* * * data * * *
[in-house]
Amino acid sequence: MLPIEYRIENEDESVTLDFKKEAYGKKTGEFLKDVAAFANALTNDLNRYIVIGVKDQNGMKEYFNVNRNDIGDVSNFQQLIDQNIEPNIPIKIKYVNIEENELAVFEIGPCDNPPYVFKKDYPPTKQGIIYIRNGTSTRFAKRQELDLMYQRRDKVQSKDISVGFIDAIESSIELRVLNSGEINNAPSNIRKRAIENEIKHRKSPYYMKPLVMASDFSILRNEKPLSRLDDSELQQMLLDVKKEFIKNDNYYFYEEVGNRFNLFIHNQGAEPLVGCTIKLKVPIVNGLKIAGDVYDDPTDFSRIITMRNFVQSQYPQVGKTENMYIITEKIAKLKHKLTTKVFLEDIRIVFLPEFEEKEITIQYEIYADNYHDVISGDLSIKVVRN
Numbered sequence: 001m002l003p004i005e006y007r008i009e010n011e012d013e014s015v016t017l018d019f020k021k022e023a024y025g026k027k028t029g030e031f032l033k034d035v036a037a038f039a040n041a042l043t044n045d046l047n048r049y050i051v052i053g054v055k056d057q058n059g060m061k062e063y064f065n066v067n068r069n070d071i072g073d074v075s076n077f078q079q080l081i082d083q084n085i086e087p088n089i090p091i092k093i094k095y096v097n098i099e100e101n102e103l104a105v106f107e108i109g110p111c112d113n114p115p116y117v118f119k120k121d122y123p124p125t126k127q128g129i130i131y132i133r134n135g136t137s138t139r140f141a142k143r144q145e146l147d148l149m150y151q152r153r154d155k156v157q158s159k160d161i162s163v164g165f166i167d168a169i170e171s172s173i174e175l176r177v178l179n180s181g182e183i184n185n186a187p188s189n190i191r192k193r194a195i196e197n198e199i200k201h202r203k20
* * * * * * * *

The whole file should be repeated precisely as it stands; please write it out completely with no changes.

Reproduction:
[in-house]
Amino acid sequence: MLPIEYRIENEDESVTLDFKKEAYGKKTGEFLKDVAAFANALTNDLNRYIVIGVKDQNGMKEYFNVNRNDIGDVSNFQQLIDQNIEPNIPIKIKYVNIEENELAVFEIGPCDNPPYVFKKDYPPTKQGIIYIRNGTSTRFAKRQELDLMYQRRDKVQSKDISVGFIDAIESSIELRVLNSGEINNAPSNIRKRAIENEIKHRKSPYYMKPLVMASDFSILRNEKPLSRLDDSELQQMLLDVKKEFIKNDNYYFYEEVGNRFNLFIHNQGAEPLVGCTIKLKVPIVNGLKIAGDVYDDPTDFSRIITMRNFVQSQYPQVGKTENMYIITEKIAKLKHKLTTKVFLEDIRIVFLPEFEEKEITIQYEIYADNYHDVISGDLSIKVVRN
Numbered sequence: 001m002l003p004i005e006y007r008i009e010n011e012d013e014s015v016t017l018d019f020k021k022e023a024y025g026k027k028t029g030e031f032l033k034d035v036a037a038f039a040n041a042l043t044n045d046l047n048r049y050i051v052i053g054v055k056d057q058n059g060m061k062e063y064f065n066v067n068r069n070d071i072g073d074v075s076n077f078q079q080l081i082d083q084n085i086e087p088n089i090p091i092k093i094k095y096v097n098i099e100e101n102e103l104a105v106f107e108i109g110p111c112d113n114p115p116y117v118f119k120k121d122y123p124p125t126k127q128g129i130i131y132i133r134n135g136t137s138t139r140f141a142k143r144q145e146l147d148l149m150y151q152r153r154d155k156v157q158s159k160d161i162s163v164g165f166i167d168a169i170e171s172s173i174e175l176r177v178l179n180s181g182e183i184n185n186a187p188s189n190i191r192k193r194a195i196e197n198e199i200k201h202r203k20